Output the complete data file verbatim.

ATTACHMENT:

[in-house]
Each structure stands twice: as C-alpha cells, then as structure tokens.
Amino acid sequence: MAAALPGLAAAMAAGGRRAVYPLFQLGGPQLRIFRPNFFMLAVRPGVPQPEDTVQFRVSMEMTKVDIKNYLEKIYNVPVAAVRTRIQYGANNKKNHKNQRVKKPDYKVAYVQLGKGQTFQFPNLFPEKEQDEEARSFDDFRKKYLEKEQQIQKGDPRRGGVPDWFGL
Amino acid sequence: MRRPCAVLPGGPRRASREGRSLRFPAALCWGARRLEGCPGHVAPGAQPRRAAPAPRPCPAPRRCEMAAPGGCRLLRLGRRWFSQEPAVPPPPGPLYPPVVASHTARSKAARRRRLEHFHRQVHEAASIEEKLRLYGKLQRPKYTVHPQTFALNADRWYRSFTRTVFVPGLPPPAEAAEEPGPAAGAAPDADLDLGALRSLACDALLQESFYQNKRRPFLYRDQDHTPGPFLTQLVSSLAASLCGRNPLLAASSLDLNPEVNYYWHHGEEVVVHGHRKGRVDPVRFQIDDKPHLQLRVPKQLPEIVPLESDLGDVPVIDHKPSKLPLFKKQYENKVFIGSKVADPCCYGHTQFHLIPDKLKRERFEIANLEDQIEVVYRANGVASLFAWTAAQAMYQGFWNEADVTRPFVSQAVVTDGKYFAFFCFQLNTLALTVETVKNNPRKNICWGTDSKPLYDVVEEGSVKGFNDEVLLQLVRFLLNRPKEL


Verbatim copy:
[in-house]
Each structure stands twice: as C-alpha cells, then as structure tokens.
Amino acid sequence: MAAALPGLAAAMAAGGRRAVYPLFQLGGPQLRIFRPNFFMLAVRPGVPQPEDTVQFRVSMEMTKVDIKNYLEKIYNVPVAAVRTRIQYGANNKKNHKNQRVKKPDYKVAYVQLGKGQTFQFPNLFPEKEQDEEARSFDDFRKKYLEKEQQIQKGDPRRGGVPDWFGL
Amino acid sequence: MRRPCAVLPGGPRRASREGRSLRFPAALCWGARRLEGCPGHVAPGAQPRRAAPAPRPCPAPRRCEMAAPGGCRLLRLGRRWFSQEPAVPPPPGPLYPPVVASHTARSKAARRRRLEHFHRQVHEAASIEEKLRLYGKLQRPKYTVHPQTFALNADRWYRSFTRTVFVPGLPPPAEAAEEPGPAAGAAPDADLDLGALRSLACDALLQESFYQNKRRPFLYRDQDHTPGPFLTQLVSSLAASLCGRNPLLAASSLDLNPEVNYYWHHGEEVVVHGHRKGRVDPVRFQIDDKPHLQLRVPKQLPEIVPLESDLGDVPVIDHKPSKLPLFKKQYENKVFIGSKVADPCCYGHTQFHLIPDKLKRERFEIANLEDQIEVVYRANGVASLFAWTAAQAMYQGFWNEADVTRPFVSQAVVTDGKYFAFFCFQLNTLALTVETVKNNPRKNICWGTDSKPLYDVVEEGSVKGFNDEVLLQLVRFLLNRPKEL